I've received a ton of great feedback on last week's podcast episode with Sabine Lam of Google. If you haven't given it a listen, definitely check it out (link below). If you have, let me know what you thought!
I want to key in on one aspect of the conversation that applies beyond Google's real estate footprint. It's a trend I think we'll see over and over again: the transition from a siloed, vertical architecture to a four-layered, horizontal architecture.
We talk a lot around here about this transition—we even have an entire module of the Nexus Foundations course dedicated to the different nuances of it. But we haven't talked enough about how it will drive massive change at the device layer.
"We want to get raw data from those devices directly. And we want to make sure they're cyber secure. So we have very clear performance-based standards that are shared with the construction team that specifies what we're trying to accomplish with those systems.They tend to send the device to us and we have qualification lab that goes through the security review, pen testing, and everything we're doing before the device is considered qualified. And there's two types of qualification: one is cyber-compliant and one is what we call Smart Ready."
If you want your device (controller, sensor, etc) installed in a Google building, you have to pass hundreds of tests for security and use case readiness.
While some might say Google is an anomaly here (they own or manage less than 1000 larger buildings worldwide), I think these sorts of smart building standards will drive widespread transformation of the supply chain.
Why? The answer lies in author and investor Nassim Taleb's "Minority Rule" concept from his book Skin in the Game.
"All it takes is a small number of intolerant virtuous people with skin in the game, in the form of courage, for society to function properly."
As Taleb says, the intolerance of the minority affects everyday things right under our noses:
"The Kosher population represents less than three tenth of a percent of the residents of the United States. Yet, it appears that almost all drinks are Kosher. Why? Simply because going full Kosher allows the producer, grocer, restaurant, to not have to distinguish between Kosher and nonkosher for liquids, with special markers, separate aisles, separate inventories, different stocking sub-facilities."
In other words, the supply chain responsible for putting devices in buildings is going to need to choose between aligning or not aligning with the horizontal, three-layered architecture. So far, in the industry's history, buildings owners haven't cared, so of course the supply chain chooses to align to their own goals. But times are changing...
What do you think?
P.S. Tomorrow is our monthly Nexus Pro member gathering, where Joe Aamidor of Aamidor Consulting and I will be discussing startup fundraising, acquisitions, and partnerships from the first half of 2021. This will be a great way to understand today's trends and themes through the eyes of two neutral nerds. You can join here to get the invite immediately.
At the Nexus
Here’s everything we published this week:
🎧 #056: Sabine Lam unpacks Google's Building Operating System (BOS) program—We unpacked what the building operating system is, the goals Google has that depend on it, and what needs to change about how buildings are built in order to.enable it.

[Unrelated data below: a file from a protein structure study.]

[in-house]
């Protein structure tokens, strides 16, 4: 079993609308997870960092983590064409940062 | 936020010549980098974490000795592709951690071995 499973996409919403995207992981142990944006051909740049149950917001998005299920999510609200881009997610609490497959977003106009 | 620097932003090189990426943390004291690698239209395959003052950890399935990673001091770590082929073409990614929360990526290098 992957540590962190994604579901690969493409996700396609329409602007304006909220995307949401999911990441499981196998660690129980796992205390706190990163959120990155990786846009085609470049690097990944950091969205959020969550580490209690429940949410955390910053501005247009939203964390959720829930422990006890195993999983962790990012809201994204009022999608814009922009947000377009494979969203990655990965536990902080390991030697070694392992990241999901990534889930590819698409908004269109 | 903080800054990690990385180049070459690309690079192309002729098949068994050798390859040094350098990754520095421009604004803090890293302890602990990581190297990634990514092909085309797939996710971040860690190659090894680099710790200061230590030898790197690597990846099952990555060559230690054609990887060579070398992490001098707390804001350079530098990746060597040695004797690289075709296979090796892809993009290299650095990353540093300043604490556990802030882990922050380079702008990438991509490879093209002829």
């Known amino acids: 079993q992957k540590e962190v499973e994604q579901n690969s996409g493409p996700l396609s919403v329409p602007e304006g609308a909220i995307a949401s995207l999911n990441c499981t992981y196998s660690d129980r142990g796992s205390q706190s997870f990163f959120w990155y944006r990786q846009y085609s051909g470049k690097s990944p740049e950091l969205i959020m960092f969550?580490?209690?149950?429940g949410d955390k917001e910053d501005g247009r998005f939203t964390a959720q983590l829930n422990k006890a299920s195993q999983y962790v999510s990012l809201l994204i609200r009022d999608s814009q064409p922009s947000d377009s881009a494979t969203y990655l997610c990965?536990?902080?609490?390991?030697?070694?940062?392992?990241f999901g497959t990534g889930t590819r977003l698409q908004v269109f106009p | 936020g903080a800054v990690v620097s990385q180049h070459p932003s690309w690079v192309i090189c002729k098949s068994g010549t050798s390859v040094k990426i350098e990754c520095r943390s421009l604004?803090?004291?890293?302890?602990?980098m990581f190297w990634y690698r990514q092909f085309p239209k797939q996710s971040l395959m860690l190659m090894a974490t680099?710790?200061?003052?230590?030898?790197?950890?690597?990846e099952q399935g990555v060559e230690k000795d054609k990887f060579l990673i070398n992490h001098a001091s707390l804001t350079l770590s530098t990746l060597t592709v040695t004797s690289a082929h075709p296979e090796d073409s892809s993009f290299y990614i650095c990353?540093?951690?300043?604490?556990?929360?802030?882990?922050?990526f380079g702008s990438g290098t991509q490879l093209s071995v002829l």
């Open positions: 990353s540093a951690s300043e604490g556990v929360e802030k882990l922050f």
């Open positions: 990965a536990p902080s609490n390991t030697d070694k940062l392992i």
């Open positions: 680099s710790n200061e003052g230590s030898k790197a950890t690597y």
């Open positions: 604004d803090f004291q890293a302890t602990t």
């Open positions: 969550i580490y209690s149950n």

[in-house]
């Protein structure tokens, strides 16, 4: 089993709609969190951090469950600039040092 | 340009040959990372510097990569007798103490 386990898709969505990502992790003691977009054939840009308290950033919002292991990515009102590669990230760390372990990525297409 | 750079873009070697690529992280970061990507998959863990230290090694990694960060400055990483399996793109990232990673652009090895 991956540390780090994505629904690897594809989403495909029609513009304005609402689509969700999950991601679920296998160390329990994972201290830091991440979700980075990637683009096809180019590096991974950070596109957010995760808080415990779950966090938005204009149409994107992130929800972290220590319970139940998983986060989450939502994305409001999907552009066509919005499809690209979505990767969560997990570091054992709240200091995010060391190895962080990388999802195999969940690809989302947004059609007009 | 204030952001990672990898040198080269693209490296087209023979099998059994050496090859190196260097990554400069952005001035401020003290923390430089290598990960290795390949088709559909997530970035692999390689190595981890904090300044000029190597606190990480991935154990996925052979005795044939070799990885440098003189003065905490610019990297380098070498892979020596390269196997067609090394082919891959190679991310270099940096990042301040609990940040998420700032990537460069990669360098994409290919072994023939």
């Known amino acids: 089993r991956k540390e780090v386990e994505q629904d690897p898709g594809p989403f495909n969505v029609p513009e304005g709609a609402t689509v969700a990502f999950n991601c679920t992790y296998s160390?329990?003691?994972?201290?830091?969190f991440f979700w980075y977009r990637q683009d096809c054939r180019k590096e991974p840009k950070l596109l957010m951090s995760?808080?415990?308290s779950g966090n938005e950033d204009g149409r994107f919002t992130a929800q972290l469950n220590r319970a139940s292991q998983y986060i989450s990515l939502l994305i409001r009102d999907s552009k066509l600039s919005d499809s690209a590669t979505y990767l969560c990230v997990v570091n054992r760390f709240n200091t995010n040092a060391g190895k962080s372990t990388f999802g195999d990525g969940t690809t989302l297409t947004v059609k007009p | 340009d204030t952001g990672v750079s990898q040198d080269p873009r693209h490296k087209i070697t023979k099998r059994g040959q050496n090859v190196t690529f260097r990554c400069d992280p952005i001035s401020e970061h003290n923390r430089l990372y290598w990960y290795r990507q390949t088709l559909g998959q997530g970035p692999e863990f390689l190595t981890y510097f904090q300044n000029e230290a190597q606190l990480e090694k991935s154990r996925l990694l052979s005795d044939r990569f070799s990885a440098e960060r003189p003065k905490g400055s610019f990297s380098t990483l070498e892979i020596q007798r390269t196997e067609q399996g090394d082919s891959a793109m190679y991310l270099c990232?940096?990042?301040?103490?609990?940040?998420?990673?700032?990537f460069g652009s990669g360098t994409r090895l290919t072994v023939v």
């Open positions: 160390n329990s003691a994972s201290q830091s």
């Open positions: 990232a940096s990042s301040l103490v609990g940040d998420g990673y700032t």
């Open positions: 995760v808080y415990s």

I love Sabine's practical approach that seems to be necessitated by sheer scale and just not being able to put up with a lot of the BS in our industry because of that.
The Lens: Small Buildings Edition—In the last year, A LOT has happened in the world of small building (<50k square feet) controls and energy management. The small buildings market is quite huge AND quite pivotal to the whole climate change mitigation thing. This edition of The Lens (Pro members only) unpacks a few of these trends.
Signal vs. Noise
Only the best smart building resources we consumed this week…
The Digital Building Lifecycle—Microsoft's Salla Eckhardt started writing this 12-part blog series on LinkedIn almost 2 years ago. It travels the whole lifecycle of a building a provides use cases for digitization throughout. This is the last post in the series, but I recommend taking a look at all 12.
"In many cases the answers will be found from the past. Years ago, for example, the building industry used asbestos and lead-based paint, which we know today are highly toxic. The use, location, and quantities of these materials would have been key pieces of data to collect from a project."
Some of the can feel a little buzzword-laden, but remember, Microsoft is demolishing and building an entire campus right now, so they know a thing or two about this entire lifecycle.
Extensible Energy Funding: Beyond the Press Release—Although this is a small funding round ($3.4M), it's a signal in the noise because there aren't enough software companies targeting the wholistic advanced supervisory control (ASC) capabilities required to make grid-interactive buildings a reality.
"Not a separate system for each device, but a customer-centric system that allows the customer to benefit from all the flexibility in their facilities – all while delivering the “four Cs” of Comfort, Control, Cost control, and Carbon reduction."
Private equity’s destructive role in chasing the golden goose of the EHS software industry—This one has it all: healthy skepticism, making fun of research firms' quadrant selections and pay-to-play business models, and recurring patterns we can learn from. In this case, the current ESG-driven software market has a lot of overlap with the EHS+S market of yesterday.
That's all for this week! Thanks for reading. 👋